By Dan Gelston
AP Sports Writer
Being an agent of change in NASCAR cuts both ways for Bubba Wallace.
He is seen as a hero to some, particularly those who have longed for a Black driver to shake things up in a predominantly White sport. To others, the 26-year-old Wallace represents something else entirely and he has seen plenty of haters out on social media over his career. It has intensified in recent days.
He has brushed them off, especially the ones accusing Wallace or his No. 43 team of being involved in a hoax, of somehow being behind the garage door pulldown rope fashioned as a noose that was found in their garage stall at Alabama’s Talladega Superspeedway last weekend.
“You quickly realize,” Wallace said, “they don’t give a damn about you and I don’t give a damn about them.”
It has been a remarkable and exhausting three weeks for Wallace since he helped spark NASCAR to ban the Confederate flag at its races and venues. That is seen as a sea change for the 72-year-old stock car series with its core Southern fan base, but then came the noose and a federal investigation that ultimately determined Wallace had not been the target of a hate crime.
He’s been besieged with media requests and made the rounds on morning talk shows and chatted with late night hosts. Wallace even unified the sport when every one of the 40 teams on the grid lined up with Wallace and their series in an effort to show they do not and will not tolerate racism.
The face of a movement is a tough haul for anyone, especially when he stands as the lone Black driver at the top level of NASCAR.
“It’s just what I feel in my heart, what feels right,” Wallace said June 26. “I’m finally voicing my opinion on the tough subjects that a lot of people are afraid to touch on. I’m not afraid to speak my mind. I’ve done it and gotten in trouble and learned from it. People that know me, I’m 100 percent raw and real.”
It’s part of his appeal, and why a small number of Black fans rushed the fence and cheered for Wallace after he finished 14th at Talladega. He wants more Black fans in NASCAR — he said his social media following has exploded and scores of famous fans like LeBron James have offered support – and said he is ready to lead the charge.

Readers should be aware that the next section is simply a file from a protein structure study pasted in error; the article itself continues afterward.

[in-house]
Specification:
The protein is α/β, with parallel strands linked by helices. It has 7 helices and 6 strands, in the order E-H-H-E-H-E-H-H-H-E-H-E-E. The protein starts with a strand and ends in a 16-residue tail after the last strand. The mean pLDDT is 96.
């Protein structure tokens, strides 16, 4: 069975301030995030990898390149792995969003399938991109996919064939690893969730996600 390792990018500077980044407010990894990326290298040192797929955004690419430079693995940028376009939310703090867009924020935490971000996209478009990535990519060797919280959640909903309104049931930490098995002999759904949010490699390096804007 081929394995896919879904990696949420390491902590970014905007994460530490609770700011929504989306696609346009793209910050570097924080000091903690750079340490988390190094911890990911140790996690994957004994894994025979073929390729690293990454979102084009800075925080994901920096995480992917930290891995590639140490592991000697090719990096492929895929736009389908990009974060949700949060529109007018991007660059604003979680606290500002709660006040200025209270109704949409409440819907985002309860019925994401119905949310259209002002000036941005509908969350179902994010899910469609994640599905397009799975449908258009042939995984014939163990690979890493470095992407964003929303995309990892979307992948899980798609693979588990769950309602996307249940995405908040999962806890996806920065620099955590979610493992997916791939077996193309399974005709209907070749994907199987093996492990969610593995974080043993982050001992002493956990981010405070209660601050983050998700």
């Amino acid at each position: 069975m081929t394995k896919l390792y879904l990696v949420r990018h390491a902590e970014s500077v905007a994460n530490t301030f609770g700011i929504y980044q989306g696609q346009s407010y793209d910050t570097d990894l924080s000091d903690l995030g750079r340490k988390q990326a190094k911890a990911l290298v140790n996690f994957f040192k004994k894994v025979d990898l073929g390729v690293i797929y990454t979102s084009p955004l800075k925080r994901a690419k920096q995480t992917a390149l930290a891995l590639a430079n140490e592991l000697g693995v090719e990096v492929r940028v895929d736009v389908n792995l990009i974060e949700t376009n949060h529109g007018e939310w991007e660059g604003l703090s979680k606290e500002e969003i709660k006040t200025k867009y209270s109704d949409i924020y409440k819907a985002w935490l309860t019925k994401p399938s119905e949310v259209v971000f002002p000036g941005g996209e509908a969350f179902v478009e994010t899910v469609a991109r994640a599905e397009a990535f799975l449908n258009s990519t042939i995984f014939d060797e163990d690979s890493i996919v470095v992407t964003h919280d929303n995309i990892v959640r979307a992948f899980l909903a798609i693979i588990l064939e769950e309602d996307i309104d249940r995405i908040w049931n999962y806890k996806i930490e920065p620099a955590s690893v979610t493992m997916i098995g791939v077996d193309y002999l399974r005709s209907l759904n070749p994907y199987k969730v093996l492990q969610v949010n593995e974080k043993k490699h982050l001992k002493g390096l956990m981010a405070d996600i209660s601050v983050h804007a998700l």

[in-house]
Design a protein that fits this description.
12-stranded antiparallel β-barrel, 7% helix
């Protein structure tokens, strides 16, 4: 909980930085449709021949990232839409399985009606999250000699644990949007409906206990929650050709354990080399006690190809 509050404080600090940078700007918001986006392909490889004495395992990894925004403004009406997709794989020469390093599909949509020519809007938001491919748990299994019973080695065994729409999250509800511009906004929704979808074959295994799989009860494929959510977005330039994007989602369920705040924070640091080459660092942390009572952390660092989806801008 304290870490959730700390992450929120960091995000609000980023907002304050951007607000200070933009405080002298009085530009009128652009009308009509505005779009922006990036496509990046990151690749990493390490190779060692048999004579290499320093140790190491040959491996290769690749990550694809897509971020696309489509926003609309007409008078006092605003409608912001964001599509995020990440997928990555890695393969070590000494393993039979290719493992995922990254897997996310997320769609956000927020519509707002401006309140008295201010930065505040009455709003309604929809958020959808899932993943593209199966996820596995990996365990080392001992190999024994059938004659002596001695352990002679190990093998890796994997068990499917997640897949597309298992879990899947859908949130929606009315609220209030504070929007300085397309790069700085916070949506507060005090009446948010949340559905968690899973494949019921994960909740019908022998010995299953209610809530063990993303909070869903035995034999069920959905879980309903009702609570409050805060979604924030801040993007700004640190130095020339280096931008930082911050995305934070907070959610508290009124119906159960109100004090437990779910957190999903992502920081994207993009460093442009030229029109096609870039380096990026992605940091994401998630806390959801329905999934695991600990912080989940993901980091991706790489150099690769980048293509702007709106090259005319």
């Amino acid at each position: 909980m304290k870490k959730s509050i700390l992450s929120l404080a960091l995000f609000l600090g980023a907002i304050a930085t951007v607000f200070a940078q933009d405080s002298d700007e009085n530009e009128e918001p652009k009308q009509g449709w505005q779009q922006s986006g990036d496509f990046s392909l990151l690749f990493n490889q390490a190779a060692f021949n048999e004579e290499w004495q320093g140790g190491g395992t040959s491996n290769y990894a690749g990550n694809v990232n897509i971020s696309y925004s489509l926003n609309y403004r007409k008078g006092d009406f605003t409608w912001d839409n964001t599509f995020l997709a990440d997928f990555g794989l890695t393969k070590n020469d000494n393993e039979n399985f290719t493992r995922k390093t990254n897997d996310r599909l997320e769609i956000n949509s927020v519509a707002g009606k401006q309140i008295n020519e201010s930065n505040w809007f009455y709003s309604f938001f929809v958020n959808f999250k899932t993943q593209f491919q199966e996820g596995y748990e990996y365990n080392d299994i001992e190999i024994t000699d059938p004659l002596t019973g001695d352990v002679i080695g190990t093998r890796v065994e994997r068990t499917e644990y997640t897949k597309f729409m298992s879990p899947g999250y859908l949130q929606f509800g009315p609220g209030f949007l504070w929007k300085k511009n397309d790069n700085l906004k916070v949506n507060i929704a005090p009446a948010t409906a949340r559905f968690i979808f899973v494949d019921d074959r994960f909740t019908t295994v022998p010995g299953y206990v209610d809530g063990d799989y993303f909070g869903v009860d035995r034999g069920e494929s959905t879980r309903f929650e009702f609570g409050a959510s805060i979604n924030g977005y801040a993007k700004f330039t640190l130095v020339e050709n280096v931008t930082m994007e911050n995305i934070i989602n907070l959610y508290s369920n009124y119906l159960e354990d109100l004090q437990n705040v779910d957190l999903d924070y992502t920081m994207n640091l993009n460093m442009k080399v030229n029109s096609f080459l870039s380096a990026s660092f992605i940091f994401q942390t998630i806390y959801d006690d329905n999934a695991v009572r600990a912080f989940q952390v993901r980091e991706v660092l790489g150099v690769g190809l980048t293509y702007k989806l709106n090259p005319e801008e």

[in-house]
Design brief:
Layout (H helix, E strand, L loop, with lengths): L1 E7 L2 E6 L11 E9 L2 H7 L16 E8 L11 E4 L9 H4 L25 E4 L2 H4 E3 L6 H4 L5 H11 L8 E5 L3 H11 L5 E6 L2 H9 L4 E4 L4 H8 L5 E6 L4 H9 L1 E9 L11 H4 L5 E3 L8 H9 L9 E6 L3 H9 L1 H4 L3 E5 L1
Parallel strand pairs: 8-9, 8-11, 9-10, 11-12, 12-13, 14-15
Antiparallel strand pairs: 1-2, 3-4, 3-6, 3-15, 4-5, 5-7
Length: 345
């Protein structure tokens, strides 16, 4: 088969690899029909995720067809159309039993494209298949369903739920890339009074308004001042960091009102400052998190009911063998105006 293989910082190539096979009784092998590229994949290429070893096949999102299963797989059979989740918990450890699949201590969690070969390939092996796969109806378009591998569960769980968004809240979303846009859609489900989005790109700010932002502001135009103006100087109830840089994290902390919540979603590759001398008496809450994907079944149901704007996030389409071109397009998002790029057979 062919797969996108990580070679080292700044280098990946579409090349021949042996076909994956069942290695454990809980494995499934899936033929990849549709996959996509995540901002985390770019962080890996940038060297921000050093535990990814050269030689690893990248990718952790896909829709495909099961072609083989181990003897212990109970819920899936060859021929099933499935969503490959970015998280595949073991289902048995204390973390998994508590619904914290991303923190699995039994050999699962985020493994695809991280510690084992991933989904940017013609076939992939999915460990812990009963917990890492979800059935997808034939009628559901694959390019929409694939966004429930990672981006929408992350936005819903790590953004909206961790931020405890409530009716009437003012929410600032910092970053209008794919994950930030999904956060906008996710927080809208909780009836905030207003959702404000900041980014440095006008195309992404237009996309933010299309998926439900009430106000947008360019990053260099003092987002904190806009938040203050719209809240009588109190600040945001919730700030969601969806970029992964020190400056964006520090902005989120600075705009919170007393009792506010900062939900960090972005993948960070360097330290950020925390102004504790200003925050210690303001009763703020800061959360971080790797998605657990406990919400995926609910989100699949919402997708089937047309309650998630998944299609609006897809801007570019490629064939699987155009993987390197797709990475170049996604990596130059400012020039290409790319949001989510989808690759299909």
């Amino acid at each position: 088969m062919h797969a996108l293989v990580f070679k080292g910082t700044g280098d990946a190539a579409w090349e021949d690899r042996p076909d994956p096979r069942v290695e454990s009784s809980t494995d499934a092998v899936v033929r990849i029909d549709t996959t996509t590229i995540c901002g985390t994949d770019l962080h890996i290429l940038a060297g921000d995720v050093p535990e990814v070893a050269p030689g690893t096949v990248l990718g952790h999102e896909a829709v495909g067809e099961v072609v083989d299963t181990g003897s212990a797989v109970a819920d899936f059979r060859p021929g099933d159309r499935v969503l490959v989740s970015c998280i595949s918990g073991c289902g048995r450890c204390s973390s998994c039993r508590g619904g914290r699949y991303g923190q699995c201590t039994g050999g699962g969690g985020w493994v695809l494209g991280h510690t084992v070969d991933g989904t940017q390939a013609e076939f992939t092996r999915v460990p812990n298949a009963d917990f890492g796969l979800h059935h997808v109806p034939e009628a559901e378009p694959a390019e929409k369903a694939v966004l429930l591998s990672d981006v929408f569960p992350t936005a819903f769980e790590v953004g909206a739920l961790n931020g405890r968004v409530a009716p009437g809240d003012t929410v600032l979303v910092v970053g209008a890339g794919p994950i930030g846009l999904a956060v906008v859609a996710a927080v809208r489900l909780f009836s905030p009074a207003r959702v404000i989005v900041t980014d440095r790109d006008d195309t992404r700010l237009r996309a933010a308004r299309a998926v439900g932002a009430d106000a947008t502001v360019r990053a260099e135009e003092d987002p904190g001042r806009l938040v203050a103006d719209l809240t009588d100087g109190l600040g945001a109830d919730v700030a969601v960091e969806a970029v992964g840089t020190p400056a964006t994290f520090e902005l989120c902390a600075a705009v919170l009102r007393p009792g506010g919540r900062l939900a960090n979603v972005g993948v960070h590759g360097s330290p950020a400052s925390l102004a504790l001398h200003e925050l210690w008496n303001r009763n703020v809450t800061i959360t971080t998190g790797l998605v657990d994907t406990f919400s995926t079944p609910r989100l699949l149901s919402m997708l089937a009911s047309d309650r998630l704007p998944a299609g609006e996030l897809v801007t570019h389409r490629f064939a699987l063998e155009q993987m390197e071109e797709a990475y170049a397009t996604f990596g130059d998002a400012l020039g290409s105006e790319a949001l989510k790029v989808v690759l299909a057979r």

He would also like some of his newfound fame to lead to more sponsorship to fund the No. 43 Chevrolet for Richard Petty Motorsports. He’s not going to change his approach for them.
“Ever since I’ve been speaking out, I haven’t been thinking about my sponsors,” Wallace said. “I’ve been thinking about me being a human being and standing up for what’s right. I would hope that sponsors would see that and back me up on that.”
But he’s tired. His free time has been chewed up and life in the spotlight as a national newsmaker has him “wore the hell out” and there are two more races this weekend for a team that has been running well.
“It’s not like I wanted to be in this position or asked to be in this position,” Wallace said. “It just kind of happened.”
He is grateful NASCAR released the photo of the rope; NASCAR President Steve Phelps stated “the noose was real,” though it remains unknown who tied it. Phelps said NASCAR determined the noose was not in place when the October 2019 race weekend began but was created at some point during that weekend.
“We can’t say it was directed toward me, which is good,” Wallace said. “But somebody still knows how to tie a noose. Whether they did it as a bad joke or not, who knows? It was good for the public to see. It still won’t change some people’s minds of me being a hoax. But it is what it is.”
He has received support from NASCAR friends and foes, like fellow driver Aric Almirola who started a text with “we’re not friends and we don’t act like we are” but was ready to stand next to Wallace as a brother. Wallace even had fun on the Talladega grid after drivers pushed his car to the front, joking, “I don’t like half you guys, but I appreciate all of you guys.”
NASCAR is at Pocono Raceway this weekend for Cup Series races on June 27 and June 28, just one more piece of a grueling schedule where all eyes are on Wallace.
“Let’s get away from what happened at Talladega,” Wallace said. “Let me go out and have some good races, have some bad races, try and figure out what the hell we’re going to do to rebound from those bad races and get back to race car life.”